Demoralised prods: education

Kelly turns to education. He suggests:

“Working-class Protestants have never had much esteem for educational qualifications, nor for much of the last century did they require them: a trade was thought best, and-given the unabashed sectarianism within the north’s major industries-it came easy. This economic prop has since been kicked away by the decline of traditional employers such as Short’s aircraft factory and the shipbuilder Harland & Woolf.”

Billy Hutchinson on the effects of a shrinking heavy industry:

“‘Long gone are the days when Uncle Sammy got you a job in the shipyard.’ Harland & Woolf once employed 20,000 men, now it is barely 400, and increasingly it appears more interested in developing its Queen’s Island site for ‘commercial and entertainment purposes.’ Can information technology replace heavy industry as the mass employer of east Belfast Prods? Hutchinson is dubious: ‘High-tech jobs usually mean employing people with degrees. Most of the people who will lose their jobs at the shipyard are welders and joiners.'”

To David Ervine, the priorities are clear:

“‘Education, education, education.’ Catholics cottoned on to this some years ago. While Protestants took up their guaranteed apprenticeships, Catholics saw qualifications as their escape from poverty. The consequences of those respective attitudes are clear to McGimpsey in the Lower Shankill. ‘Kids round here don’t go to school,’ he says. ‘Or if they do, they don’t bother. But Catholic kids are getting their A-levels and going to university. They’re writing poetry, and our kids are painting graffiti on the walls.'”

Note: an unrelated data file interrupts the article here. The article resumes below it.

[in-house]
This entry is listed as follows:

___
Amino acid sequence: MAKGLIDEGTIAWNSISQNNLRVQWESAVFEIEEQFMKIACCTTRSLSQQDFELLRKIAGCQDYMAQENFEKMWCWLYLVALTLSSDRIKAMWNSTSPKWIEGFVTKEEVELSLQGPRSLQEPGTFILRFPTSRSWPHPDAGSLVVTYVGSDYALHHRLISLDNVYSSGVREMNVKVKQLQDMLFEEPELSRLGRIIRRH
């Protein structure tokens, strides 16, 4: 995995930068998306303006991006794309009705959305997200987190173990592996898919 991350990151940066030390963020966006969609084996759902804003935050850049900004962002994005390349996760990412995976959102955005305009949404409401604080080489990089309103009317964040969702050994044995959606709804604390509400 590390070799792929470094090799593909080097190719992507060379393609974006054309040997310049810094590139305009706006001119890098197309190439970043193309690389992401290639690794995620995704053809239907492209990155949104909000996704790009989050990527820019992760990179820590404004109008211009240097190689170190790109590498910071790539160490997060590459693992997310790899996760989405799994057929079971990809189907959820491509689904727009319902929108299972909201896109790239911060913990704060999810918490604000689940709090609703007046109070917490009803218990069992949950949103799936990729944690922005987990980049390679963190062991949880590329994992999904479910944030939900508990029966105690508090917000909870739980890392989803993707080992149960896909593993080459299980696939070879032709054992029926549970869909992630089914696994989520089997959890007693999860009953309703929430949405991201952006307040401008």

Previously interface.


Discover more from Slugger O'Toole

Subscribe to get the latest posts to your email.

We are reader supported. Donate to keep Slugger lit!

For over 20 years, Slugger has been an independent place for debate and new ideas. We have published over 40,000 posts and over one and a half million comments on the site. Each month we have over 70,000 readers. All this we have accomplished with only volunteers we have never had any paid staff.

Slugger does not receive any funding, and we respect our readers, so we will never run intrusive ads or sponsored posts. Instead, we are reader-supported. Help us keep Slugger independent by becoming a friend of Slugger. While we run a tight ship and no one gets paid to write, we need money to help us cover our costs.

If you like what we do, we are asking you to consider giving a monthly donation of any amount, or you can give a one-off donation. Any amount is appreciated.